One of the popular card games played in India is Court Piece, also known as coat peace or kot pees, pees being a Hindi word meaning “to deal”. In Pakistan, this game is often known as Rang, which means “trump”. In some places, for example in Goa, it is called Seven Hands. In India, the English word “hand” is sometimes used to mean a trick i.e. a set of cards, one played by each player in turn. A variant of whist (a classic English trick-taking card game) in which eldest hand makes trumps after the first five cards have been dealt and trick-play is normally stopped after one team has won seven hands. A special bonus is given if a particular team wins the first seven hands or even all hands. The game is played by four players in two teams, but there are variations for two or three players as well.
There are four players in fixed partnerships, partners sitting opposite. The deal & the play are anticlockwise. The dealer shuffles and the player to dealer’s right, known as the “trump-caller”, cuts. The dealer deals a set of five cards to each player. The ‘trump-caller’ player looks at his or her five cards and (without communication with any of his partners) chooses and announces the trump. Then the dealer deals out all the remaining cards in batches of four, so that everyone has 13 cards.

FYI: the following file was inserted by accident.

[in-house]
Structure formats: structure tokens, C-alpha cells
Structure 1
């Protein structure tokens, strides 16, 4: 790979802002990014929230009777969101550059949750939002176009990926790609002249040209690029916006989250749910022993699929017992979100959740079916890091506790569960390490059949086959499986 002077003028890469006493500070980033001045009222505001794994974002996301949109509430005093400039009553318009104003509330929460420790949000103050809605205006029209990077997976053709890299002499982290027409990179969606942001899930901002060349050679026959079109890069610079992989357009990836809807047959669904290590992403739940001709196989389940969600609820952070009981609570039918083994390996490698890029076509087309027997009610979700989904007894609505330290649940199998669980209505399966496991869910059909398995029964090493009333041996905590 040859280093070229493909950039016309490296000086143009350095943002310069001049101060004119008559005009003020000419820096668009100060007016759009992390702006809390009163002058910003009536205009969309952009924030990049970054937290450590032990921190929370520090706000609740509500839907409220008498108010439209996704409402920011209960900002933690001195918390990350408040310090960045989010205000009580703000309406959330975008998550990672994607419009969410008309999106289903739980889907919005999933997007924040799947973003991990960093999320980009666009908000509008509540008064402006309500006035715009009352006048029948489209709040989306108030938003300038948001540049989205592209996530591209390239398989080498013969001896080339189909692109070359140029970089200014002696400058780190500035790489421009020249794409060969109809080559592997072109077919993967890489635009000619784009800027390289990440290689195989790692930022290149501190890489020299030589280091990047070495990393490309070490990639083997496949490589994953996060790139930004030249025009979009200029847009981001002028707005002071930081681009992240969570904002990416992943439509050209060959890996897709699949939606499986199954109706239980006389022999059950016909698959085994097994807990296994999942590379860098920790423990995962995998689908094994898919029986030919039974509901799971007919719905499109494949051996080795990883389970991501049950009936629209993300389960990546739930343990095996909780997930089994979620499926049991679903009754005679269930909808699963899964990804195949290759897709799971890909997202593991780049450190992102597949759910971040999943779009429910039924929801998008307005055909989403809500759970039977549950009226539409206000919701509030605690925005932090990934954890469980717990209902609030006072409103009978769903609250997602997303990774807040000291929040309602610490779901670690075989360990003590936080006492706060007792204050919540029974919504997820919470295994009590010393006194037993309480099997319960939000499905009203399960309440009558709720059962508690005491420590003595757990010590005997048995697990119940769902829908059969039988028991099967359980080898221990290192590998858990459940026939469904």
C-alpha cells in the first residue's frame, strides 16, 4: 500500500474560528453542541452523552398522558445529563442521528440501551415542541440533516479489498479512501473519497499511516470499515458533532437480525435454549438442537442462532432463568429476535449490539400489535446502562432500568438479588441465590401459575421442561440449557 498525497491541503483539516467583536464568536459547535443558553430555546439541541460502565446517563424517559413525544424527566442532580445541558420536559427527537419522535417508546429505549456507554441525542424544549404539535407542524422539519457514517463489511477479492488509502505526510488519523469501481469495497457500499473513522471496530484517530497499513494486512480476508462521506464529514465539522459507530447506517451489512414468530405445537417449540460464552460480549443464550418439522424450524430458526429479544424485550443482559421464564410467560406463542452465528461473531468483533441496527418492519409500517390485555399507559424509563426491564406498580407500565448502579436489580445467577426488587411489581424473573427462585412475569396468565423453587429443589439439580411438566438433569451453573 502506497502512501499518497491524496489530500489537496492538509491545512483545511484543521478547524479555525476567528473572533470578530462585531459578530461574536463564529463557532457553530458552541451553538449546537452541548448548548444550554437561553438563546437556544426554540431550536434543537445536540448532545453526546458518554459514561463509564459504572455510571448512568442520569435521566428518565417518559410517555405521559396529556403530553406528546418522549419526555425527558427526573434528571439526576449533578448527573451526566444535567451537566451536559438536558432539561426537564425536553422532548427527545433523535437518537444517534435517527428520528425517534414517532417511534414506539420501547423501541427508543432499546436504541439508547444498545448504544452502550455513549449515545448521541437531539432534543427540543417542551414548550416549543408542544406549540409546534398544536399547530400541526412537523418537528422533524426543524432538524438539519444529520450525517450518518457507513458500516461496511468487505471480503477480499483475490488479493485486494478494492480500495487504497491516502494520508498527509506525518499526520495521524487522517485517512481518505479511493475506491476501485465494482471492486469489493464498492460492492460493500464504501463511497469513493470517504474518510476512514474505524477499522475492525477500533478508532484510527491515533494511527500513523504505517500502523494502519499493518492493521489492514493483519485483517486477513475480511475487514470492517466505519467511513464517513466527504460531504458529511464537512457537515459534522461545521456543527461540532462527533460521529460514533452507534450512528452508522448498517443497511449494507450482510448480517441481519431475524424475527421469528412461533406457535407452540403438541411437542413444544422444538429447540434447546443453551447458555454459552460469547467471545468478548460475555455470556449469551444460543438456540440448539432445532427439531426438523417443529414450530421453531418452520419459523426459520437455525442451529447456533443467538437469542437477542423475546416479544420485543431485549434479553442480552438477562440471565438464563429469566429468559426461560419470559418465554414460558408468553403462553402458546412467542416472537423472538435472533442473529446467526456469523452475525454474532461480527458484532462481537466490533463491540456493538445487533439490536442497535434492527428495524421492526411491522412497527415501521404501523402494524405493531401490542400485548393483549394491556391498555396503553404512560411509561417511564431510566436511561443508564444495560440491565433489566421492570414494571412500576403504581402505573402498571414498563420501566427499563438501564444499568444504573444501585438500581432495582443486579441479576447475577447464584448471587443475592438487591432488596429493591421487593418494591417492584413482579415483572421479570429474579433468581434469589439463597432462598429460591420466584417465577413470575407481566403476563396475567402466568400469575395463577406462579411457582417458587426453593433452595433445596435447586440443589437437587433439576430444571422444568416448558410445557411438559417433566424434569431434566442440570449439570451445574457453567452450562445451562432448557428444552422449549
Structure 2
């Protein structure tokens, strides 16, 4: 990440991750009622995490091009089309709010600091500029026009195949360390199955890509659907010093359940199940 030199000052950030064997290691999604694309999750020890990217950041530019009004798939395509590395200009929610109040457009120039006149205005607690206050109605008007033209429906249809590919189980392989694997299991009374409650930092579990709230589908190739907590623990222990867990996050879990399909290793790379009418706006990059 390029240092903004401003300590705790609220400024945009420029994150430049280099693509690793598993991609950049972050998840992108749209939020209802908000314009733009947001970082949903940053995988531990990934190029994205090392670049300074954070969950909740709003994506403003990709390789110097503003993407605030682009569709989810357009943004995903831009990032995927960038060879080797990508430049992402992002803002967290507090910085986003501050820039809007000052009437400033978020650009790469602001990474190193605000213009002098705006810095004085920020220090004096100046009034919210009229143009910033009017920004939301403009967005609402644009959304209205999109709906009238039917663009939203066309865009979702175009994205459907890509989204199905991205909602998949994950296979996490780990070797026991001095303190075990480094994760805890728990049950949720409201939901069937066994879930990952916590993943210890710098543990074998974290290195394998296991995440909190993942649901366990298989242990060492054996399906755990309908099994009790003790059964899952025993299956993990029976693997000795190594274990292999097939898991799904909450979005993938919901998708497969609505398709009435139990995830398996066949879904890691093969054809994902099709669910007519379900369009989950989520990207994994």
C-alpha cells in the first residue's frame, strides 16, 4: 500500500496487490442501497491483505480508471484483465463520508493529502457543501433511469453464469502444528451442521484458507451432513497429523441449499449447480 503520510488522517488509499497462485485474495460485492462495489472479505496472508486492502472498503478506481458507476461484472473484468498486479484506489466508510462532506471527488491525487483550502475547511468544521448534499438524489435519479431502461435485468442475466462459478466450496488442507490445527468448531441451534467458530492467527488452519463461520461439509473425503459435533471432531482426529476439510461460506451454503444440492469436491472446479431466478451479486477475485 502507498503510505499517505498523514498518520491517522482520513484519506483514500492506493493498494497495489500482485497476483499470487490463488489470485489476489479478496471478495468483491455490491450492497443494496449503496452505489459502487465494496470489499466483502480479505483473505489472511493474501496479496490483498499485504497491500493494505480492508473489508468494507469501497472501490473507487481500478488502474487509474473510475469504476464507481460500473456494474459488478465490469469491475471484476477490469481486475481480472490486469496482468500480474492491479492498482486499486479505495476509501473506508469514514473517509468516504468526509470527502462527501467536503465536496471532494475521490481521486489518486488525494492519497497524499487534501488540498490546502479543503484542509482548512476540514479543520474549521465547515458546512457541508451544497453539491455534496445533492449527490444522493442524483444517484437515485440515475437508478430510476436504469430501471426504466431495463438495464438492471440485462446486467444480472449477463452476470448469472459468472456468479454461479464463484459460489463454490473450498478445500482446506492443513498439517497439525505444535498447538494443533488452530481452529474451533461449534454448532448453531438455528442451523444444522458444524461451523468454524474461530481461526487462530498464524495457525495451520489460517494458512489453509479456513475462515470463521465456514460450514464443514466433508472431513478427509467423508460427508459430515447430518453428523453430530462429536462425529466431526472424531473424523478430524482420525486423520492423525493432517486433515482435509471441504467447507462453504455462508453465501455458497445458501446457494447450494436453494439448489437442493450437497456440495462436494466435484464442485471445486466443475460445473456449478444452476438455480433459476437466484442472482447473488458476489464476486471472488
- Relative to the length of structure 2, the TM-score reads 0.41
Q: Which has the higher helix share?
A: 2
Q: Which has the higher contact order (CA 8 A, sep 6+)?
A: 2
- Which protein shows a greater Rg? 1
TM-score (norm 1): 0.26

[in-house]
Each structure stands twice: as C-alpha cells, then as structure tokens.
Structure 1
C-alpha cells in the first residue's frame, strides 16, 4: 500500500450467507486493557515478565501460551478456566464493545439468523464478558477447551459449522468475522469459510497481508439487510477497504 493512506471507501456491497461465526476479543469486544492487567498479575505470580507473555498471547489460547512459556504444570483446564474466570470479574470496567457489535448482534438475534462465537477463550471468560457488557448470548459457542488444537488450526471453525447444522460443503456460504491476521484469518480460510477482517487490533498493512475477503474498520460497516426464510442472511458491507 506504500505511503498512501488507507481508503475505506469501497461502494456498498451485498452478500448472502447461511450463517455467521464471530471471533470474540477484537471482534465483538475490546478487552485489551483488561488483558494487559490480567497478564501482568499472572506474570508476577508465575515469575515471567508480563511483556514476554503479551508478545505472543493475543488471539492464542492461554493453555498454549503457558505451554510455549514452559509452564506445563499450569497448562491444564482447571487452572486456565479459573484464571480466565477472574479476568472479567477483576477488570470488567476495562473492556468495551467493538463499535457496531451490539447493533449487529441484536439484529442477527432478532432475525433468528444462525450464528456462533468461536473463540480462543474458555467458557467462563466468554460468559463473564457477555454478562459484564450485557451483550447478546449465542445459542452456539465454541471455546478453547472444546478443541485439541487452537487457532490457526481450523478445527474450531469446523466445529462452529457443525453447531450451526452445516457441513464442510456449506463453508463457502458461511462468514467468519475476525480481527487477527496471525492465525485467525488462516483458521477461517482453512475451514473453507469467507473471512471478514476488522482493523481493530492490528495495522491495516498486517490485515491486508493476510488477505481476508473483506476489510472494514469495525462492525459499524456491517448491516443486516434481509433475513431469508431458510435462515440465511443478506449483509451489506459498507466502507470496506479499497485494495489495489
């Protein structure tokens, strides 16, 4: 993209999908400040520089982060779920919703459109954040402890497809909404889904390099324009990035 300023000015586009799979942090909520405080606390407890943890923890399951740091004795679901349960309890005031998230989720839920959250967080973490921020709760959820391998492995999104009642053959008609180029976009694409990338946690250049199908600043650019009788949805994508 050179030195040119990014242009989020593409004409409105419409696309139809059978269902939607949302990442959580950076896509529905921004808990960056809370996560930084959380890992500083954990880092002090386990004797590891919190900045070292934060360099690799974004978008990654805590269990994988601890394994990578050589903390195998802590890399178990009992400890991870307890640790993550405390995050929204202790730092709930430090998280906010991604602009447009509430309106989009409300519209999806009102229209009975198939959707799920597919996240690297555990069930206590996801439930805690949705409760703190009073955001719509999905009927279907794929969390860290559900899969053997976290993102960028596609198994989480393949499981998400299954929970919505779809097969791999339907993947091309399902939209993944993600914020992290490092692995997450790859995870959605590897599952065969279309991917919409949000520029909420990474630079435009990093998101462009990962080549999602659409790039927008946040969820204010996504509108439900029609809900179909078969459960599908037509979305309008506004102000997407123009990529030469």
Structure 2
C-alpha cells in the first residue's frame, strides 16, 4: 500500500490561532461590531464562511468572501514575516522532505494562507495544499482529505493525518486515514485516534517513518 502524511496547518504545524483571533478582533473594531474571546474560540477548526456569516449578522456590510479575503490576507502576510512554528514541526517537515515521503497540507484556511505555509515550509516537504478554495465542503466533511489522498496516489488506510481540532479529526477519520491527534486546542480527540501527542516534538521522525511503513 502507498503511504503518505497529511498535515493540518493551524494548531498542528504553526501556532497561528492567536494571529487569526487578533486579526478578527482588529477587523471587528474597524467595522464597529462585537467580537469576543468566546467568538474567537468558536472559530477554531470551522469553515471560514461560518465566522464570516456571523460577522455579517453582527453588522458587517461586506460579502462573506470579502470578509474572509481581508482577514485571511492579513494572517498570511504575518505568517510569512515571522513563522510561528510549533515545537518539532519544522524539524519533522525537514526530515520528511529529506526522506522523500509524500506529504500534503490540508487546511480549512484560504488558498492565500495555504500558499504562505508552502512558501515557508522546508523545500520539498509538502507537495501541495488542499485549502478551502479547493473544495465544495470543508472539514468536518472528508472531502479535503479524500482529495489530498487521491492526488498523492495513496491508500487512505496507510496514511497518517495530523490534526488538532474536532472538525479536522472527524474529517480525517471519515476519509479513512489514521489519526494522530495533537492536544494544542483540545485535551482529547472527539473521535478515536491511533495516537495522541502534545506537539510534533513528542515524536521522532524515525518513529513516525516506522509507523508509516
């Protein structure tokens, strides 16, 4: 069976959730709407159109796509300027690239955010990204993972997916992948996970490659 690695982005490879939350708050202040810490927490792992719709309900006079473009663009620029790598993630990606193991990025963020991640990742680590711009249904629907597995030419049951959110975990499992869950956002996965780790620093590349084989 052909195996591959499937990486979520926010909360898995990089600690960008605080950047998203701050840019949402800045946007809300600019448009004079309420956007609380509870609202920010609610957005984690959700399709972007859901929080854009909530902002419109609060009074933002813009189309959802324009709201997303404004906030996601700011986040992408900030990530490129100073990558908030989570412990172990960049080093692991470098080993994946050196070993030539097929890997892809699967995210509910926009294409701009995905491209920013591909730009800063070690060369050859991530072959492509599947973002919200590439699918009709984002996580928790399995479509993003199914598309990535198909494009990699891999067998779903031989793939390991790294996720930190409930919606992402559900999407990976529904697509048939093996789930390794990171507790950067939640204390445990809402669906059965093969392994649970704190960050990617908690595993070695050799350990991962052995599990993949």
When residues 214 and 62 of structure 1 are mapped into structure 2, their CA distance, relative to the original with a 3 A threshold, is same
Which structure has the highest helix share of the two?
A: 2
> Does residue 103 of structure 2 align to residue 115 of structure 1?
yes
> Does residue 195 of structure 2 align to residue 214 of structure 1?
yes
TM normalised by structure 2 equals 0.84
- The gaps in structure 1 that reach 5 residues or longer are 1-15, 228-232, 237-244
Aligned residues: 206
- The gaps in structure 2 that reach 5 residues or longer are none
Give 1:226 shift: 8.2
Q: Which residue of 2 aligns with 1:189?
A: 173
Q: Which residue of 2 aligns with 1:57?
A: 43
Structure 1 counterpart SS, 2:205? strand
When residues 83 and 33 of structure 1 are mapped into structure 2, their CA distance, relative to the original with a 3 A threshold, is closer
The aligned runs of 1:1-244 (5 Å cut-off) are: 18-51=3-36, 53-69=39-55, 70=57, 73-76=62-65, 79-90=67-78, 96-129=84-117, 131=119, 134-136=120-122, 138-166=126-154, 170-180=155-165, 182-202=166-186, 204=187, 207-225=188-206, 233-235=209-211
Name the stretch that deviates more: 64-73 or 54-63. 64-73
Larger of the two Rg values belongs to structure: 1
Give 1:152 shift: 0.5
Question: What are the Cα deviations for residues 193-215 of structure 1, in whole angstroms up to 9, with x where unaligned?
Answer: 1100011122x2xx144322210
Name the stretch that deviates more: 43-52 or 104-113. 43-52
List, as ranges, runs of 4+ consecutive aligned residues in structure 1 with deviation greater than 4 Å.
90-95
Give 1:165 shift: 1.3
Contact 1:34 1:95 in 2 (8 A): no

The object of the game is to score courts (coats, kots) by winning the majority of the tricks (hands). Whenever a court is scored, the number of consecutive deals won is reset to zero. A team that scores a court by winning the first seven tricks can carry on and try to win all 13 tricks. This extremely rare achievement is known as a “52-court”. There is no penalty for carrying on after seven tricks and failing to win all thirteen. But to save time, normally the play is ended when one team has won seven tricks. The overall winners of the session are the team that has scored most courts after an agreed length of time.
Derived games have added features such as the 2 of hearts as the highest trump (like in Satat, which is a popular card game played in Mauritius. Its name comes from the Hindi words “saat haant” meaning “seven hands”). Another derivation of Court Piece is Dehla Pakad, in which there is a need to count tens rather than tricks.
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